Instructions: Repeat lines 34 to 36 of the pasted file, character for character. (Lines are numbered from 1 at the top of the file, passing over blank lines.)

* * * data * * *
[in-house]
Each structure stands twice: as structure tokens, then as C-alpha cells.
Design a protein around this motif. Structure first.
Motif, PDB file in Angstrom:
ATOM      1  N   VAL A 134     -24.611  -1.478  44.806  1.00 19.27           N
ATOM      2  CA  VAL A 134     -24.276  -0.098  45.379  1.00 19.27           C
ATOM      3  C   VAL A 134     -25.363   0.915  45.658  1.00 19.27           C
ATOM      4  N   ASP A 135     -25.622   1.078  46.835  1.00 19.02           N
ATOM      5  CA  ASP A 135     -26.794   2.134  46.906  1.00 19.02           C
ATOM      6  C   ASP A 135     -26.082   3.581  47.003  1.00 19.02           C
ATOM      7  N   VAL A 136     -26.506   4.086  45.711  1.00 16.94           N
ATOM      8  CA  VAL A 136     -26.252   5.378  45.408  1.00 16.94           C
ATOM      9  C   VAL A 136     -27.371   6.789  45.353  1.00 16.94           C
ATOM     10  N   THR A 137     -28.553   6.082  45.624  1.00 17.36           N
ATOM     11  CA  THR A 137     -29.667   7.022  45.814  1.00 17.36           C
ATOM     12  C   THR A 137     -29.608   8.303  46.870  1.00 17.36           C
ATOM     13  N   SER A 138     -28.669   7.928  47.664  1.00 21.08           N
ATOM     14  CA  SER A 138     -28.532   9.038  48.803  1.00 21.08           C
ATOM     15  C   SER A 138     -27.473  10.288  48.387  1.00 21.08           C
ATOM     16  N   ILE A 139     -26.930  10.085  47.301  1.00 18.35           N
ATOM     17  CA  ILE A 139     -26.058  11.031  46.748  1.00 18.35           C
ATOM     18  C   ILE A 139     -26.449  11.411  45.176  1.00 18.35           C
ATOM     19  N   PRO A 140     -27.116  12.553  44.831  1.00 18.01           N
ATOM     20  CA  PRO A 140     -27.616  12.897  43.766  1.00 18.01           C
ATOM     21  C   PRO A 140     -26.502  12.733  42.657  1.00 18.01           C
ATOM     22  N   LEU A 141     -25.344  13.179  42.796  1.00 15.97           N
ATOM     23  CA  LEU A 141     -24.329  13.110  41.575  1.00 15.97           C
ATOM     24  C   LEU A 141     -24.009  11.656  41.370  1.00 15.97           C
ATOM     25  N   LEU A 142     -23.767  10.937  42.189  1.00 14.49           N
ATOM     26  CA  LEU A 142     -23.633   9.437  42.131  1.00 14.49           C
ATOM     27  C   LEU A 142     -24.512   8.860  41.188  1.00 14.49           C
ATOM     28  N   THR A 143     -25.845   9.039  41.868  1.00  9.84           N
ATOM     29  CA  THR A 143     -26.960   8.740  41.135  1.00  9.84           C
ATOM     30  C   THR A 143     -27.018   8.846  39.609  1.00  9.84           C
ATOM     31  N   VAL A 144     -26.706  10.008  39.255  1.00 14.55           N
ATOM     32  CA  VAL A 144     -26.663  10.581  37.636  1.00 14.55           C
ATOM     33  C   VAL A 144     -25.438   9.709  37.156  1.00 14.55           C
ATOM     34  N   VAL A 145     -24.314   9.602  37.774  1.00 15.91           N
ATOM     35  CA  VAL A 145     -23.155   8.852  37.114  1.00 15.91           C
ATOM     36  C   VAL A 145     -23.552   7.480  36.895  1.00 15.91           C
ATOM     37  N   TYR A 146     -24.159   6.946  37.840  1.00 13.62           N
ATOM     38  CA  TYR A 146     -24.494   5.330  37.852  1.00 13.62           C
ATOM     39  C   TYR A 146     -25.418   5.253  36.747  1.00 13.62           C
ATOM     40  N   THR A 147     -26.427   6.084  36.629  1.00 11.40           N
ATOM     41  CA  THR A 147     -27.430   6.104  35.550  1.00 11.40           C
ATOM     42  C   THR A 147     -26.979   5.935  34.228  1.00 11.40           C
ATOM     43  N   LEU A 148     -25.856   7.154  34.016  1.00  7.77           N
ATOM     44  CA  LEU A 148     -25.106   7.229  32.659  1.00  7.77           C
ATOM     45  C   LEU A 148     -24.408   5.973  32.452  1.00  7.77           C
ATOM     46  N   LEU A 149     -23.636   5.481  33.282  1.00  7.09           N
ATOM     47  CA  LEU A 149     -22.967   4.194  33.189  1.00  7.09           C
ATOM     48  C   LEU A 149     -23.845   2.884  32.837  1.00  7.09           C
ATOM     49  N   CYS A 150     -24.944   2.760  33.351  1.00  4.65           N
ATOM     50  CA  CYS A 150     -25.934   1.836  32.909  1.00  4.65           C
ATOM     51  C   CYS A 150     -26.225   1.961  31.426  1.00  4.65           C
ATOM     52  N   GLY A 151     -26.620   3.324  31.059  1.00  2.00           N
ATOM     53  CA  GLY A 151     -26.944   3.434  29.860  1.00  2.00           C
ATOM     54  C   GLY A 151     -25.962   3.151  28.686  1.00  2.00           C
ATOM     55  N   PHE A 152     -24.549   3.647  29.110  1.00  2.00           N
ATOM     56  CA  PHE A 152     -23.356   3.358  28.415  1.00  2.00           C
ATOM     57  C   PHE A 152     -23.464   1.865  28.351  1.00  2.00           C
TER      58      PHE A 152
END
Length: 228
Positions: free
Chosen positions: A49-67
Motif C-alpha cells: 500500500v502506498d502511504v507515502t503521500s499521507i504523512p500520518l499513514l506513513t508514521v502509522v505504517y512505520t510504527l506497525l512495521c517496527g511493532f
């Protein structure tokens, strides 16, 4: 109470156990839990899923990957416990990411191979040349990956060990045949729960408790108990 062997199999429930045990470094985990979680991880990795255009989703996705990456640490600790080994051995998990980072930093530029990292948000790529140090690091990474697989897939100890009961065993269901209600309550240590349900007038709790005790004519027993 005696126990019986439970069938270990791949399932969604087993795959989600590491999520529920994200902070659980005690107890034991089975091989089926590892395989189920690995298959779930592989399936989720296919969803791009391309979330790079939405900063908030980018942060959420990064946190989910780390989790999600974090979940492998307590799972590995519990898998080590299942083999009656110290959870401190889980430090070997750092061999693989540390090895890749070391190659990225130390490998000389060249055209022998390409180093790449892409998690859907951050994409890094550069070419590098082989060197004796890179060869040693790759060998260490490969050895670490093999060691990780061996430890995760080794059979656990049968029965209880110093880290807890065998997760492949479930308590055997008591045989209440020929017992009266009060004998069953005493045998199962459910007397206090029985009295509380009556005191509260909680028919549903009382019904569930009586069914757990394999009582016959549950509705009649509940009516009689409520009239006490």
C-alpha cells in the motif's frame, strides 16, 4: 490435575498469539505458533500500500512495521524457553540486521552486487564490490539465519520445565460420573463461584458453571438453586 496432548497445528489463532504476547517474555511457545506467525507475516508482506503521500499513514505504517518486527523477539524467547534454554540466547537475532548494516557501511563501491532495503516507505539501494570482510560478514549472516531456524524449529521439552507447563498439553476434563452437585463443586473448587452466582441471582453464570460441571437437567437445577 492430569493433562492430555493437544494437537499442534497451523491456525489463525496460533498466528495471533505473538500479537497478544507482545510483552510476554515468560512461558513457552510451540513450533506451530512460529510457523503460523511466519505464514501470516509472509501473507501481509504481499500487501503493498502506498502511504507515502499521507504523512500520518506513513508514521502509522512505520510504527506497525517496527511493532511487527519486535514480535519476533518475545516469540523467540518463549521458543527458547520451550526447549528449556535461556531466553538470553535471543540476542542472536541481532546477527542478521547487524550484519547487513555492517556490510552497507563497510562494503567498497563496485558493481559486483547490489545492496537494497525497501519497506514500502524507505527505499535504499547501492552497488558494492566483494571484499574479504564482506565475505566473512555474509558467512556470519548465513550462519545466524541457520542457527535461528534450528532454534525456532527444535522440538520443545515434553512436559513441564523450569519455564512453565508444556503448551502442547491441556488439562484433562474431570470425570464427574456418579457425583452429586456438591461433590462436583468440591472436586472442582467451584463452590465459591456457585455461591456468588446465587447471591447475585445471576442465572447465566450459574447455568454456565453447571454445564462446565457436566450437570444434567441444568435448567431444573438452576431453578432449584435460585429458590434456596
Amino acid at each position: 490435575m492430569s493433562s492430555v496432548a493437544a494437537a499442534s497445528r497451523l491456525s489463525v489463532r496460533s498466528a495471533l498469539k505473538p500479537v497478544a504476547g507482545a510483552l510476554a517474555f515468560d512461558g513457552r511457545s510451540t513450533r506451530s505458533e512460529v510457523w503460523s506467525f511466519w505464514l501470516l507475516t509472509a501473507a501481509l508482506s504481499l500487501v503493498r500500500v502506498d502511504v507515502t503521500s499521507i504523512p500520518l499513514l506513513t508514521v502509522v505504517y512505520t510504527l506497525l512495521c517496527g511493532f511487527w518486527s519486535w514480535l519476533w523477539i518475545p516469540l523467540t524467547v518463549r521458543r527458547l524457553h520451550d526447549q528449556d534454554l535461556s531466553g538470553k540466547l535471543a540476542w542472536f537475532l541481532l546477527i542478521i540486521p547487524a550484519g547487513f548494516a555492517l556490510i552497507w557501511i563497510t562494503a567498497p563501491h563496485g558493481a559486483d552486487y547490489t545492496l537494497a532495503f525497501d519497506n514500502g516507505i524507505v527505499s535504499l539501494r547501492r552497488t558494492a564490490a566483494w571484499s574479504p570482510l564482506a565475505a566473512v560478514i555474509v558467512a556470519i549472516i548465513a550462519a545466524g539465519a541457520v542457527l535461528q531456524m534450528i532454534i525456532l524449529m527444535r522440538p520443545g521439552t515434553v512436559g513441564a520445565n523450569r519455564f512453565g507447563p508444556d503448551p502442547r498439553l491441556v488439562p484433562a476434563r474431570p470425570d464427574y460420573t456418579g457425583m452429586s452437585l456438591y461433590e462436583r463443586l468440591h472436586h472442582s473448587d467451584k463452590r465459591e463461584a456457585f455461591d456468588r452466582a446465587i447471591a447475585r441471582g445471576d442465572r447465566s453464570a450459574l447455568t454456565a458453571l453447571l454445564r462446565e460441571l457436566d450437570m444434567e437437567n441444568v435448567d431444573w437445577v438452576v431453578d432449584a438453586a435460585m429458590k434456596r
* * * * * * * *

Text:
ATOM     30  C   THR A 143     -27.018   8.846  39.609  1.00  9.84           C
ATOM     31  N   VAL A 144     -26.706  10.008  39.255  1.00 14.55           N
ATOM     32  CA  VAL A 144     -26.663  10.581  37.636  1.00 14.55           C